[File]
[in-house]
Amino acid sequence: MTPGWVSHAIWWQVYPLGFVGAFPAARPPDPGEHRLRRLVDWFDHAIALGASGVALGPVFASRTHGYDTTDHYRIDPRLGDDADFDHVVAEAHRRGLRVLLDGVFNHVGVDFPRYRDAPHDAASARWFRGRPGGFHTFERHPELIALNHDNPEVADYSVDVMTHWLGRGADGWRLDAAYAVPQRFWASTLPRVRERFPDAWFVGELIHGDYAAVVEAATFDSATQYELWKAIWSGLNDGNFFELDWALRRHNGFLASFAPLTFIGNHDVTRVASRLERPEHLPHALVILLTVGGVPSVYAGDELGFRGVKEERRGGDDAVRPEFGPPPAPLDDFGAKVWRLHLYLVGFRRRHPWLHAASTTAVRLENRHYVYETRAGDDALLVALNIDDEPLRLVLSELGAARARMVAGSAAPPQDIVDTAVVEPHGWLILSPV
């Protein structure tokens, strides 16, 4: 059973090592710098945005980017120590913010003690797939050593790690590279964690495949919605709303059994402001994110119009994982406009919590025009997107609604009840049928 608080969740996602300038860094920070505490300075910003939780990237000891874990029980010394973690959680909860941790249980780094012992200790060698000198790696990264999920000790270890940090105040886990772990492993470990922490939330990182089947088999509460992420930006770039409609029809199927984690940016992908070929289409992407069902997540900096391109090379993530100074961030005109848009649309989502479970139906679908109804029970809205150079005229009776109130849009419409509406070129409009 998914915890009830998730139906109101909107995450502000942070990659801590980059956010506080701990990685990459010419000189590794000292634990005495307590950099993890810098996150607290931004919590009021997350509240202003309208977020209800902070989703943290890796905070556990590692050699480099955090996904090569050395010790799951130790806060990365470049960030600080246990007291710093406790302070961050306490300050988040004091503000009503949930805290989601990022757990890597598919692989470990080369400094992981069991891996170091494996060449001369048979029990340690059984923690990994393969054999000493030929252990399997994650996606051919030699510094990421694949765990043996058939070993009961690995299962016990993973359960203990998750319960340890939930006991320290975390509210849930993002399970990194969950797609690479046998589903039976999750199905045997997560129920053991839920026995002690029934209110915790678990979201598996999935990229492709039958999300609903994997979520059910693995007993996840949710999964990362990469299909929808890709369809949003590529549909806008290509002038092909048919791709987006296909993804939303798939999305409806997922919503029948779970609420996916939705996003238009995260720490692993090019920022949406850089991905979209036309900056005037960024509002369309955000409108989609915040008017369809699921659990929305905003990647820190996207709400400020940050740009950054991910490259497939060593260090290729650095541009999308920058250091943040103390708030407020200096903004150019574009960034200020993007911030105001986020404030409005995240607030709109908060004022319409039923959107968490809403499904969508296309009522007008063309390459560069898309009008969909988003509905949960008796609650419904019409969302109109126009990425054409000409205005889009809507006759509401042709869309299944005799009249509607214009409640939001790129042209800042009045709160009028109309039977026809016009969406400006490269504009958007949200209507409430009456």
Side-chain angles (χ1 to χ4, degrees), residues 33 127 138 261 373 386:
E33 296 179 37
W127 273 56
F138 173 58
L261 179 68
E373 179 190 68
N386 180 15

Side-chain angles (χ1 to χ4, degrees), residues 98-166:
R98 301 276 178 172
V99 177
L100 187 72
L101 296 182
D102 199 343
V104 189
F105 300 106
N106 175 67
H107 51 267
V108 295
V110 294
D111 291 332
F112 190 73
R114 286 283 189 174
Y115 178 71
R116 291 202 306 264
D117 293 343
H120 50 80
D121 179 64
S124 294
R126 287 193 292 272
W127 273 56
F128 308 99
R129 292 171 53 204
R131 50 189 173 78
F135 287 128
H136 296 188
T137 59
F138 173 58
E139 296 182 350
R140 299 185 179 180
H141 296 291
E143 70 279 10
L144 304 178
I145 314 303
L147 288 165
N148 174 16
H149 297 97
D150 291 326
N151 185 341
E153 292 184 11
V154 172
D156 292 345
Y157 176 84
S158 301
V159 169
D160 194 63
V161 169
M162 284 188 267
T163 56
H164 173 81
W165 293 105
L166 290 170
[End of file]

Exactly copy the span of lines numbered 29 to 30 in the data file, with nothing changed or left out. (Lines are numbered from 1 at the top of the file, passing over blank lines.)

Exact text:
H120 50 80
D121 179 64